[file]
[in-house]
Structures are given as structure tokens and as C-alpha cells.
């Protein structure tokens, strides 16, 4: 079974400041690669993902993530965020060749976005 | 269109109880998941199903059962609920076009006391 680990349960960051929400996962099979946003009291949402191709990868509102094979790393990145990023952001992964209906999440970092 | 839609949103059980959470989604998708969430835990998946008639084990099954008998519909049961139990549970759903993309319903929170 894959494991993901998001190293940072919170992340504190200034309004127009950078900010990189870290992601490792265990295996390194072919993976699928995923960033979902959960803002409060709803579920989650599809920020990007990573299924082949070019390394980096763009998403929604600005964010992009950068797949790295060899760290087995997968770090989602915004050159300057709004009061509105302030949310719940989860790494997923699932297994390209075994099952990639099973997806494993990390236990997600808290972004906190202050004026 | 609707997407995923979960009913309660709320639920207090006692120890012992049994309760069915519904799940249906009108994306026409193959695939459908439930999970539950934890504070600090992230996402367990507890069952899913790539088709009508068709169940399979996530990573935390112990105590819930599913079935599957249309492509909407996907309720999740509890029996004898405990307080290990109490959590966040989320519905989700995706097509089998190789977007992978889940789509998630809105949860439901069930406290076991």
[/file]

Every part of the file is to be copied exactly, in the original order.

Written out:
[in-house]
Structures are given as structure tokens and as C-alpha cells.
């Protein structure tokens, strides 16, 4: 079974400041690669993902993530965020060749976005 | 269109109880998941199903059962609920076009006391 680990349960960051929400996962099979946003009291949402191709990868509102094979790393990145990023952001992964209906999440970092 | 839609949103059980959470989604998708969430835990998946008639084990099954008998519909049961139990549970759903993309319903929170 894959494991993901998001190293940072919170992340504190200034309004127009950078900010990189870290992601490792265990295996390194072919993976699928995923960033979902959960803002409060709803579920989650599809920020990007990573299924082949070019390394980096763009998403929604600005964010992009950068797949790295060899760290087995997968770090989602915004050159300057709004009061509105302030949310719940989860790494997923699932297994390209075994099952990639099973997806494993990390236990997600808290972004906190202050004026 | 609707997407995923979960009913309660709320639920207090006692120890012992049994309760069915519904799940249906009108994306026409193959695939459908439930999970539950934890504070600090992230996402367990507890069952899913790539088709009508068709169940399979996530990573935390112990105590819930599913079935599957249309492509909407996907309720999740509890029996004898405990307080290990109490959590966040989320519905989700995706097509089998190789977007992978889940789509998630809105949860439901069930406290076991």